For decades, C.R.A.S.H.-B. Sprints in Boston has been the home of winter indoor racing, gaining the moniker of World Indoor Rowing Championships within just a few years of its founding in 1980. So it came as a suprise in August when C.R.A.S.H.-B. Sprints – in a low-profile social media post – announced that the World Indoor Rowing Championships would be moving to Virginia in 2018.
Now, just three month later, rowing’s international governing body, the International Rowing Federation (FISA), has announced that it will bring the championship under its own umbrella of events beginning in 2018, partnering with USRowing, Concept2, and Erg Sprints.
“Participation in indoor rowing at an elite and competitive level has been skyrocketing in recent years, and it is time to give the sport an official championship status,” said Jean-Christophe Rolland, FISA President.
FISA’s association with the event prompts a subtle, but important, name change from the World Indoor Rowing Championships, to the World Rowing Indoor Championships.
Erg Sprints was approached to host the 2018 event based on its 32-year history of coordinating top-quality, successful indoor racing. One of the first satellite races for C.R.A.S.H.-B. Sprints, Erg Sprints was planned by T.C. Williams High School Crew Boosters with the help of Dick and Peter Dreissigacker, the brothers behind Concept2.
Once a small fundraiser, Erg Sprints has grown into the largest juniors indoor rowing event – and the second largest indoor rowing competition – in the world. In 2017, Erg Sprints hosted over 1,800 athletes from 132 clubs, and the 2018 Erg Sprints | World Rowing Indoor Championships are expected to draw more than 2,500 competitors.
“We are excited to welcome the world to Alexandria and T.C. Williams High School. The World Rowing events being run in conjunction with our traditional races will give rowers at all skill levels, from novice to elite, an opportunity to experience competition on an international stage,” said Lisa Zickar, event organizer.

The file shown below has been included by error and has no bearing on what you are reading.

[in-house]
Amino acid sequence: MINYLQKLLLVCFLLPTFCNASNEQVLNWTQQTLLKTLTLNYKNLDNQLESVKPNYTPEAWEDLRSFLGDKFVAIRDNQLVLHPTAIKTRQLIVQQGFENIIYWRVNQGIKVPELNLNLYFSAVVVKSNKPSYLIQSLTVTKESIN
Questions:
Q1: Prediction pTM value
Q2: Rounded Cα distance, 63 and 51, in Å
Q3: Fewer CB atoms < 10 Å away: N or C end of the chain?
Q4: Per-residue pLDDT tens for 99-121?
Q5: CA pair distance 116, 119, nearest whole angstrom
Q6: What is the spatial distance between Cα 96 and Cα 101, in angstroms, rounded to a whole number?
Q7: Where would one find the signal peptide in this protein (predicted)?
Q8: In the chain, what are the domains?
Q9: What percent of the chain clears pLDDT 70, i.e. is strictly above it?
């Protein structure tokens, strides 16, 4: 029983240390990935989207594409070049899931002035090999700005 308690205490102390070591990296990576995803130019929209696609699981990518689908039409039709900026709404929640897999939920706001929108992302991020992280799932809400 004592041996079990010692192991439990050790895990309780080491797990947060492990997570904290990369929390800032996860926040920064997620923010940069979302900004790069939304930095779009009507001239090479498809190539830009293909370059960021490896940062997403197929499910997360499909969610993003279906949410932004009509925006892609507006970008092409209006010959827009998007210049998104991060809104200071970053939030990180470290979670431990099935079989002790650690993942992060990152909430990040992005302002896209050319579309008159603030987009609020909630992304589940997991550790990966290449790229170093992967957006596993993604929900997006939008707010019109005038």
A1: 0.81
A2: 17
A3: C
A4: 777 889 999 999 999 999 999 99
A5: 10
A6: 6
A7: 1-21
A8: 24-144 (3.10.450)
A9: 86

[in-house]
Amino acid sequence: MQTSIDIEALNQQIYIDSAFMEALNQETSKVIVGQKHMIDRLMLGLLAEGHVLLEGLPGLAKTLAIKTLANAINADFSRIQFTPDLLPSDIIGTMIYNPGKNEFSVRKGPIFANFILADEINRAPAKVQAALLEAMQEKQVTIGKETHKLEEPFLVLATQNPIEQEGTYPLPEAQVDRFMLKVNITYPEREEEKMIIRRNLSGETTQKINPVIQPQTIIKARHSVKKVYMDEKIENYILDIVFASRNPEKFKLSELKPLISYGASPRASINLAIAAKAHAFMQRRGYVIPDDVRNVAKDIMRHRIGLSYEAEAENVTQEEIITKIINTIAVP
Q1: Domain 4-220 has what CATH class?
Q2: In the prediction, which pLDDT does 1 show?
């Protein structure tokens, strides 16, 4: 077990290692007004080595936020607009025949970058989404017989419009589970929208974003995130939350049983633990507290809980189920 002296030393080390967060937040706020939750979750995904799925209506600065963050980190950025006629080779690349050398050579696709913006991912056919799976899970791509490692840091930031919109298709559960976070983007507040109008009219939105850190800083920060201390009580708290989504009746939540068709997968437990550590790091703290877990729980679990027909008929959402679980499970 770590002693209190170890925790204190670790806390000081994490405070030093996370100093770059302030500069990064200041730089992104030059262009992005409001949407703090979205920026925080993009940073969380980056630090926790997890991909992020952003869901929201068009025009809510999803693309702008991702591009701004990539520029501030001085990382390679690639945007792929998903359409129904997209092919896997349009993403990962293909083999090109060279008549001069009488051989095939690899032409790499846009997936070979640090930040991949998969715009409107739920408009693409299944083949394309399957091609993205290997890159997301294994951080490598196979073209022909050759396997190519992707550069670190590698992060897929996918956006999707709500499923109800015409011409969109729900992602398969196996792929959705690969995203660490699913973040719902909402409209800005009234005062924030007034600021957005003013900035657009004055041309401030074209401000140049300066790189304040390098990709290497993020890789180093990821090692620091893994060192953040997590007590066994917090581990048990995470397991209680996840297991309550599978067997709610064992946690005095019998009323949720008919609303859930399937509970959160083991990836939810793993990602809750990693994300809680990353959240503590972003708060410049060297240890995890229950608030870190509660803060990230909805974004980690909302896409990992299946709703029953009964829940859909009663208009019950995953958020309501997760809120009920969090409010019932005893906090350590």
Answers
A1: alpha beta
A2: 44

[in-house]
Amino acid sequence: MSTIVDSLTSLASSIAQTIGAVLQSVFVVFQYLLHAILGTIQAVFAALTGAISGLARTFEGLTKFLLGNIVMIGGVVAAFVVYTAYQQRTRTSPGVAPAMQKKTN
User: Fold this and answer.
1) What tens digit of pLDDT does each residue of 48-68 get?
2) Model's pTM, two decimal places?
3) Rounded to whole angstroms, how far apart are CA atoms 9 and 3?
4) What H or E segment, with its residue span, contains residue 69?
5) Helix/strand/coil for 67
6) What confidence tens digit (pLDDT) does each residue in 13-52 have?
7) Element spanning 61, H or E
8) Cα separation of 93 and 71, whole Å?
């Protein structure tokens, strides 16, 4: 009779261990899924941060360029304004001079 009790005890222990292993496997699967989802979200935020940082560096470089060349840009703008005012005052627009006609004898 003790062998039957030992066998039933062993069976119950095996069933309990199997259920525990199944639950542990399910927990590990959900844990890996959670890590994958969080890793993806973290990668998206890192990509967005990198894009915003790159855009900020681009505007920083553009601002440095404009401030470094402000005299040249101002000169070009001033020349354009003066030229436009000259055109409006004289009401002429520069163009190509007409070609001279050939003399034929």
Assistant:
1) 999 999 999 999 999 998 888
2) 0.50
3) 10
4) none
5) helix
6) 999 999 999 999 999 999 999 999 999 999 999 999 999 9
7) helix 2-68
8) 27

Training at Potomac Boat Club just up river from T.C. Williams, Emily Schmieg has placed first in the Erg Sprints Open Womens Lightweight 2000m event three of the past four years and plans to race at the 2018 Erg Sprints | World Rowing Indoor Championships.
Schmieg, who also took bronze in the Lightweight Women’s double sculls at the 2017 World Rowing Championships, and gold in the same event at the 2017 U.S. Senior and Para World Championships, said “It’s not an event myself nor my coaches would let me sit out. The timing of Erg Sprints | World Rowing Indoor Championships does make it a good race for testing speed mid-way through the winter and depending on how it goes gives me feedback on what areas still need to be worked on.”
While indoor rowing has long been used as an off-season (and oft-loathed) training tool, the erg has gained prominence in gyms, training studios, and CrossFit boxes everywhere.
“The erg and I have a love/hate relationship, but there is no denying its usefulness both in terms of technique and physical fitness,” said Schmieg. “Four years ago you pretty much had to pay me to sit down and erg, but now a days I do see it as a very helpful training tool. I spent a lot of time on the erg this past year and had a very successful season. I want to see just how fast I can go on it. Going sub 7 would really be the ultimate feat for me.”
The Erg Sprints | World Rowing Indoor Championships will host racing opportunities for juniors, collegiate, open, masters, and para athletes. Although competitors do not have to qualify to earn an entry, Concept2 will provide airfare to Washington, D.C. for up to four qualifiers from each of 19 satellite events.
More information about the 2018 Erg Sprints | World Rowing Indoor Championships